Discipleship Groups are small, simple groups of 2-3 men or women who meet regularly to help one another fight sin and grow in grace. They are biblical and missional following the pattern of Text-Theology-Life. They are for people that may not call themselves disciples of Jesus and disciples who are making disciples. Our hope is to have more people worship Jesus, more people know him deeper, and more people living as missionaries in Fort Worth or wherever God has called them.
Recentering Your Discipleship
Ever feel like you are motivated more by duty than joy in following Jesus? Have you noticed a subtle cynicism or indifference in your faith? If so, you’re probably falling into the trap of putting rules in the center of your relationship with God. Some of us like to keep the rules (Spiritual Peformance); others tend towards breaking the rules (Spiritual License). We all lean one direction or the other–towards breaking the rules or keeping them.
God took the rules out of the middle when he gave us the gospel. The gospel of grace frees us from rule-keep and rule-breaking, releasing us into a grace-based relationship with God. At The Paradox Church, we advocate this gospel-centered, not rule-centered, discipleship. Discipleship Groups are a way to guide gospel-centered discipleship so we can nurture grace in community as we follow Jesus.
Text: A Discipleship Group agrees to focus on a common biblical text. Each person in the group commits to devotionally read the same passage or chapter from a book of the Bible each week. For example, your group could read through Colossians in four weeks. As you read, make a point of asking the Holy Spirit to draw your attention to whatever He wants you to know. The Spirit may be prompting you repent of a sin, rejoice in a promise or meditate on an insight. Each week when you get together, make the text your initial focus.
Theology: Work through the verses in community, trying to follow the flow of the author. From there, try to understand the central theological message of the chapter. Be sure you ask the question: “How does the person and work of Jesus inform this text?” Strive to be Christ-centered, not application-centered. Jesus is sufficient for our failures and strong for our successes.
Life: This is followed by bringing in your personal struggles and successes from your devotional reading. Be sure to allow plenty of time for this. Share your lives; promote godly accountability and faithful prayer. Finally, be sure to share the names of people whom you are trying to bless with the gospel. Pray as a group, asking God to help you trust His promises, as well as asking Him to give unbelievers the same gift of faith.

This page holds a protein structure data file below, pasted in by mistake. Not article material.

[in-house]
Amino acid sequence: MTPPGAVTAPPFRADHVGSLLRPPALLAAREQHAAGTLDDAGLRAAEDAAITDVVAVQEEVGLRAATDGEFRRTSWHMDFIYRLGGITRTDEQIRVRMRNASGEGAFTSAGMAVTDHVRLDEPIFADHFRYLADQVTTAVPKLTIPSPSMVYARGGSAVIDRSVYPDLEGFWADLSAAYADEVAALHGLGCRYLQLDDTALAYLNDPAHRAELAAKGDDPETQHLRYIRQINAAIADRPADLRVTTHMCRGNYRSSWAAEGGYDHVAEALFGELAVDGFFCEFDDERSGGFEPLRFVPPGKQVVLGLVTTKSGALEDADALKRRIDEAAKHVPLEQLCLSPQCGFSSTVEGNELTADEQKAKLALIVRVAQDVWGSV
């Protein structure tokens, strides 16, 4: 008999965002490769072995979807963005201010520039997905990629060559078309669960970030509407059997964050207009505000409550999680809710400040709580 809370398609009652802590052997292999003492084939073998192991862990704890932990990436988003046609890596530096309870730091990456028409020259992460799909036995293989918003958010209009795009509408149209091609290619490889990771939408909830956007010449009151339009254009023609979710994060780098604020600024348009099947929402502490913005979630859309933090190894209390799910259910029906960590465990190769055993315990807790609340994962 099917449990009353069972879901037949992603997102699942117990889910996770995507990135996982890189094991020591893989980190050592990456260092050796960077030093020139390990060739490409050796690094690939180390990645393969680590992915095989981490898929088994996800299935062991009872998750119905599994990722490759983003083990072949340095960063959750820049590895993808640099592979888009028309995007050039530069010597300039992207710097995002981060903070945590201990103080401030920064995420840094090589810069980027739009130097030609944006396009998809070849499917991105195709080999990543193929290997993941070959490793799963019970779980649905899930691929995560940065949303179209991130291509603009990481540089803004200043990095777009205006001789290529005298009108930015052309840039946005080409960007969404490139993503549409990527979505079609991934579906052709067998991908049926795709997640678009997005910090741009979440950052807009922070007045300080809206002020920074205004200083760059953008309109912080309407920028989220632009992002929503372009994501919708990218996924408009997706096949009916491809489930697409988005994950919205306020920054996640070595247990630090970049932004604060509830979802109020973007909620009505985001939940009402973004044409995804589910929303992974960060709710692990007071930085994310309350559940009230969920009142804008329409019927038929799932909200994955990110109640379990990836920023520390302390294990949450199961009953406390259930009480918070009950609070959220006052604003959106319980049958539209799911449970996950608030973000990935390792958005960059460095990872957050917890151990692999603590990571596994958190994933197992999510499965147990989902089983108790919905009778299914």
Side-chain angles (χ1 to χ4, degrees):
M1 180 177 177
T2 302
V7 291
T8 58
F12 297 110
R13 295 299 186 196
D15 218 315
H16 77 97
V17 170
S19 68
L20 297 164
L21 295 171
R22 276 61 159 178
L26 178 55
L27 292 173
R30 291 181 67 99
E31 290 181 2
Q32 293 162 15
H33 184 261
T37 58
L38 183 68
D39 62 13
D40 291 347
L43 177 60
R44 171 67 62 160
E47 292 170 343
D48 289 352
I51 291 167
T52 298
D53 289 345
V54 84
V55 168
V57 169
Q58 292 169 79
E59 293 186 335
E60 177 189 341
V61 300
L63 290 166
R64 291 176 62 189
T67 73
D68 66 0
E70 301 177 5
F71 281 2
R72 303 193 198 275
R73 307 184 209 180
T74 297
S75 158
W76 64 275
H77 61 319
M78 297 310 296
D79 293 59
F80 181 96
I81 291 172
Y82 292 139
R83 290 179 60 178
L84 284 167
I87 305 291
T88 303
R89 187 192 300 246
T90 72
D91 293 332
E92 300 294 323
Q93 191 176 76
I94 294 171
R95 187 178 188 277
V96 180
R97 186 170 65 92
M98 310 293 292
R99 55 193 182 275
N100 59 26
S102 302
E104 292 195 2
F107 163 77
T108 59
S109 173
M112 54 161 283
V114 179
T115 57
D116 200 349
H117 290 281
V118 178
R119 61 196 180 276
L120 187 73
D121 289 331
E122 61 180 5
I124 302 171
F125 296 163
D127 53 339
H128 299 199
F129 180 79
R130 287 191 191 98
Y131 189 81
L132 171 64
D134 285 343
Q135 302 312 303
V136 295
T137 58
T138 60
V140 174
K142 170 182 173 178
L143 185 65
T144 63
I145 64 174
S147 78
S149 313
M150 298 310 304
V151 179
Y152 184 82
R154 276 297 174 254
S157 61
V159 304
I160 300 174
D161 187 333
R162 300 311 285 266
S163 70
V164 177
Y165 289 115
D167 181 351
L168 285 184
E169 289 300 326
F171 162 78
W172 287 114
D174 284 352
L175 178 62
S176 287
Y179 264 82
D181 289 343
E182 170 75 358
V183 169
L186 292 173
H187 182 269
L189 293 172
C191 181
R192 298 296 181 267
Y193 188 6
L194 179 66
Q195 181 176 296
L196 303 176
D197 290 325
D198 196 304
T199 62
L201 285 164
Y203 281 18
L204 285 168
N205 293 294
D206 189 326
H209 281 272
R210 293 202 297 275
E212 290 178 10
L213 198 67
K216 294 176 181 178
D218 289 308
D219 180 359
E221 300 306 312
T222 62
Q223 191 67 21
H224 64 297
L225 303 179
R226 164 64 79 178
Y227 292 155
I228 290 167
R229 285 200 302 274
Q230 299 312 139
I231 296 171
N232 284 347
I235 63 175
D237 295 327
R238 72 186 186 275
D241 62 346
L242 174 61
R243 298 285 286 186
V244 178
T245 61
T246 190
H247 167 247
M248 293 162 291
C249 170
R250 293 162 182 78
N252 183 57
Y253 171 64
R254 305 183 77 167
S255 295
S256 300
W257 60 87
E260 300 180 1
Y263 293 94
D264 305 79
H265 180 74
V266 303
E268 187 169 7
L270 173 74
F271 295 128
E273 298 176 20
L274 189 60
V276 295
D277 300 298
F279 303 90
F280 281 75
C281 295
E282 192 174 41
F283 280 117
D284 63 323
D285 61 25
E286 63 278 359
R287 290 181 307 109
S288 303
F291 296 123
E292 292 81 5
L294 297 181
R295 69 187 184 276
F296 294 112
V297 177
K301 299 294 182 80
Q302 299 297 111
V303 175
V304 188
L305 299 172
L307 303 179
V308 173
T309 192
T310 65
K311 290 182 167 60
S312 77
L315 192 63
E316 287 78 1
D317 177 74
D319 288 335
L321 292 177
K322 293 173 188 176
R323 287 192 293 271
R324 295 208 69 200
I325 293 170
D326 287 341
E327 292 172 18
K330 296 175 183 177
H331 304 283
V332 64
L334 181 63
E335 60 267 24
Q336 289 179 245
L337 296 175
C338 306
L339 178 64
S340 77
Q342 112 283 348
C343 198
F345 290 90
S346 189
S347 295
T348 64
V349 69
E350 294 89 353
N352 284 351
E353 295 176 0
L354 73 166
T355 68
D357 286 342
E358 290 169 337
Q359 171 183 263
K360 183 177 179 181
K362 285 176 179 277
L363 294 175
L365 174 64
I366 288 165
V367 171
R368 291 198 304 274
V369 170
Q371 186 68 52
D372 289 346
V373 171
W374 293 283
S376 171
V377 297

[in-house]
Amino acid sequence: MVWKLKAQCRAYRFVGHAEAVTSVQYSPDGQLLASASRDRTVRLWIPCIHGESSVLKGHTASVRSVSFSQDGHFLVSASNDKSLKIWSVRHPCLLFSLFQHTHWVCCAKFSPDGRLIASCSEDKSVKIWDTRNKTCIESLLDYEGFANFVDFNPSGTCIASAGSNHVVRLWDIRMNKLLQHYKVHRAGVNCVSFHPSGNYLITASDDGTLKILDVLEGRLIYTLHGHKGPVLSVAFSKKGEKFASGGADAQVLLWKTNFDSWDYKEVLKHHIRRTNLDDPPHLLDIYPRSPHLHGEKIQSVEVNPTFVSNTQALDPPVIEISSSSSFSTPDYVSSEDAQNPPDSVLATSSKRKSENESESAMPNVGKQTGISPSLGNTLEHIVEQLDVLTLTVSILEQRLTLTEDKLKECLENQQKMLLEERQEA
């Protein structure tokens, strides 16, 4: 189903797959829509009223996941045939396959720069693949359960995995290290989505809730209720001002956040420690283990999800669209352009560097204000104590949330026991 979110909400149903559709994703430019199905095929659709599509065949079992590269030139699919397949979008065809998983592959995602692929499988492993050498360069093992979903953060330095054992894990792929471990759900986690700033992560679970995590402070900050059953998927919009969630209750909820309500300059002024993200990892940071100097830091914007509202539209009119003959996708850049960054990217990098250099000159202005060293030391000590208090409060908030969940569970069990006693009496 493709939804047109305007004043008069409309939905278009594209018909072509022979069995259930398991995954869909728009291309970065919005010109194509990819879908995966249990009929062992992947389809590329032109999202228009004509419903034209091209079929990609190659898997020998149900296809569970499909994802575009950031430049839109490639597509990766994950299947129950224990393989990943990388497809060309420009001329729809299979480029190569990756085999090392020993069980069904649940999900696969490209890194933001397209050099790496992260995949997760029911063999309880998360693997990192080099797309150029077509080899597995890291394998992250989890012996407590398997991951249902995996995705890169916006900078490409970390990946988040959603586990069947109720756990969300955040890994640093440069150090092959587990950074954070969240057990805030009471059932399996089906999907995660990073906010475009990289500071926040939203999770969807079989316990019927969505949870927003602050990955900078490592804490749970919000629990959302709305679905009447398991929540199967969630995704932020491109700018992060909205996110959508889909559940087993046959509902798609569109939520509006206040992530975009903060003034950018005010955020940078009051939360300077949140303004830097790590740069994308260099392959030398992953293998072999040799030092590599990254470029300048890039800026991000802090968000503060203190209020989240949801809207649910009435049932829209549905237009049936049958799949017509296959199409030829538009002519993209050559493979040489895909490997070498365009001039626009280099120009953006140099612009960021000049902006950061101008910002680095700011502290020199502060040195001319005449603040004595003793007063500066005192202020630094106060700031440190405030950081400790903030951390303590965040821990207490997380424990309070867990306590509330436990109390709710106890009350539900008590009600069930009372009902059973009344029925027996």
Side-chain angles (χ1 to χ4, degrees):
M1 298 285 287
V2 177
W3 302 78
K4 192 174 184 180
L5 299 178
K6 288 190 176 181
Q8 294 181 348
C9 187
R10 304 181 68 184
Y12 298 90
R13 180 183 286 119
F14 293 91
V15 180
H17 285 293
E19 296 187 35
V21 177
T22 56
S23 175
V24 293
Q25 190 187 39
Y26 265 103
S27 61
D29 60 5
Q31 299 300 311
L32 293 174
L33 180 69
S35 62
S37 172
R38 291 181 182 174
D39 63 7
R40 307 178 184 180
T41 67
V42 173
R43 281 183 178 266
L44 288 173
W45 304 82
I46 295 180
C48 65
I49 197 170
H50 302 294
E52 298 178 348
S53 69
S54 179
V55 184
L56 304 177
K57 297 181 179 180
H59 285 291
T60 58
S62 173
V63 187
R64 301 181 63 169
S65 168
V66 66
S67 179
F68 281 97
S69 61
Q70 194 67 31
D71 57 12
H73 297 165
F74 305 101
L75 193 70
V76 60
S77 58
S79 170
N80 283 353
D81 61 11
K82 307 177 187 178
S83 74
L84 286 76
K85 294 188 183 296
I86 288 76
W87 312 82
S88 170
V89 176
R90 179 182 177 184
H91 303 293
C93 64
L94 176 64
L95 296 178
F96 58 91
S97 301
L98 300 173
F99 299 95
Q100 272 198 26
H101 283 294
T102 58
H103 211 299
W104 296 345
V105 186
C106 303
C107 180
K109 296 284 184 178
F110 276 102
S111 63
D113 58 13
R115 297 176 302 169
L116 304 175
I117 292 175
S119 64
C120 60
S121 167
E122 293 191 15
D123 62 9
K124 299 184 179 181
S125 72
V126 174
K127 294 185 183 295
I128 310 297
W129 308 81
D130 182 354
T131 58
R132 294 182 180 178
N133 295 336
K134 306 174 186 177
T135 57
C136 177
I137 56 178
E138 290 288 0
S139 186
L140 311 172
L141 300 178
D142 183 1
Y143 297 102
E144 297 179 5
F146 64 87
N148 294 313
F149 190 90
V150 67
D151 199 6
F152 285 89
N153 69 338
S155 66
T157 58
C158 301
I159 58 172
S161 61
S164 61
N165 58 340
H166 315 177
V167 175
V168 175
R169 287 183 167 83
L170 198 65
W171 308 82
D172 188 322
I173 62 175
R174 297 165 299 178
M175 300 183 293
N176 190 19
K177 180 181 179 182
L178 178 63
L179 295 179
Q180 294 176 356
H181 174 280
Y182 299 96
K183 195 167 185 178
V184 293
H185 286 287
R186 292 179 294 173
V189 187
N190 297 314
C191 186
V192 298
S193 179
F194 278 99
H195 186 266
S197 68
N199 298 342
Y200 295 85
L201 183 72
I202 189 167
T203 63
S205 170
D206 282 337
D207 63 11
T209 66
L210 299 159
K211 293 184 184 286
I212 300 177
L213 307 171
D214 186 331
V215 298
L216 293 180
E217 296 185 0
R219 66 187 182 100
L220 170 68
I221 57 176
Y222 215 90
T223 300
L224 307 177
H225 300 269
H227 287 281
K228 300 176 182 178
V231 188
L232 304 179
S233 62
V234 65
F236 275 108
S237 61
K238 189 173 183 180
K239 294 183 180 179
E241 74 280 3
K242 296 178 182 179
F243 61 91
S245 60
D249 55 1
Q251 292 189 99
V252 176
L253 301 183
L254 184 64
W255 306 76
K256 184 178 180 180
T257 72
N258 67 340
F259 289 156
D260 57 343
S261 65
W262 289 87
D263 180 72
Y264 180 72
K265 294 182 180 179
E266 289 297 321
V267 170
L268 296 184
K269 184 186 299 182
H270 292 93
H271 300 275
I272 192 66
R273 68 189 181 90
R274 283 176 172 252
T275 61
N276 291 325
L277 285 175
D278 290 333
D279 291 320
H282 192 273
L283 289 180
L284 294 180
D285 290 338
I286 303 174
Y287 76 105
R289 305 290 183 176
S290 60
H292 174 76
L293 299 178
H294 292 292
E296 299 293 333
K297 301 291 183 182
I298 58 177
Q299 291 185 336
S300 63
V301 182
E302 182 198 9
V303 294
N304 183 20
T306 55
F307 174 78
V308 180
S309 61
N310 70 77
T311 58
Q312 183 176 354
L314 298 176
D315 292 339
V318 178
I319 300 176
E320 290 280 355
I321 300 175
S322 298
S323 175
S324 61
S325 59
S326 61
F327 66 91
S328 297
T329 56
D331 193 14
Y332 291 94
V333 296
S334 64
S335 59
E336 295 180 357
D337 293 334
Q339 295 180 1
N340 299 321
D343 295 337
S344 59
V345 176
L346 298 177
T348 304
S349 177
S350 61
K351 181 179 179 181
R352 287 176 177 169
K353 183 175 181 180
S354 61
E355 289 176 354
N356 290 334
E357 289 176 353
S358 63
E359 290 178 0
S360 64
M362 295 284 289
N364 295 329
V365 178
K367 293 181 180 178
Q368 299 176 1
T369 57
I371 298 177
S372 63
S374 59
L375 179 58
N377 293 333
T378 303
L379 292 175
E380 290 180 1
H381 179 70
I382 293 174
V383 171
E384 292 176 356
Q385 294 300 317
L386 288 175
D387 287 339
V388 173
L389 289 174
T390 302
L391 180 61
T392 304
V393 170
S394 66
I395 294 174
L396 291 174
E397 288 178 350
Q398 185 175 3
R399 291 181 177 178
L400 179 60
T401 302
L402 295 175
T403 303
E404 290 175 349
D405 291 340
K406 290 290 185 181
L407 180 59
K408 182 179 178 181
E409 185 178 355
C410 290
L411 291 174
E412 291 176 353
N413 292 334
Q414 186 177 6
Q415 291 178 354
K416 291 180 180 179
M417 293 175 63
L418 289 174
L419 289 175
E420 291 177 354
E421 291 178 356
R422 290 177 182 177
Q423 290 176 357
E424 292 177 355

How to Start a Discipleship Group
Gospel-Centered Discipleship by Jonathan Dodson provides a theology and a strategy to fight sin as the church: small, gospel-centered, fighting communities called Discipleship Groups. These communities are shaped by three rules: 1) Know your Sin. 2) Fight your Sin. 3) Trust your Savior. Read a series of free articles to find out more:
Here are a few guidelines for starting a Discipleship Group.
Discipleship Groups are relationally driven, so pick people you can trust. We recommend people in your City Group because you are a family of disciples on mission. Establish an agreed upon level of confidentiality within your group. Make a commitment to one another. Discipleship Groups of uncommitted people simply don’t promote gospel-centered fighting. Don’t wait around to get started; you’re missing God’s grace! If you need some help getting connected to a Discipleship Group please ask your City Group Leader or email Ryan Keeney.
Read the Book
People who don’t read Gospel-Centered Discipleship, especially chapters 2 through 5, don’t fight well. They end up bullies who promote legalism or wimps who promote license. Reading the book will get you on the same gospel page, so you can fight sin by God’s grace! We recommend discussing portions of the book in your first meeting, especially chapters 3 and 5.
Set a Regular Meeting Time
One of the first things you should do is sync your calendars for a regular meeting time.If you don’t schedule a regular meeting time, you won’t meet regularly. Meet once a week or every other week. Allow at least an hour.
True repentance leads to rejoicing. Our lives should be marked by celebration as we behold our King Jesus. A life worshipping Jesus is a fight but we should revel in who he is and what he has done on our behalf not navel-gazers who despair because we are so self-involved we don’t see our Redeemer.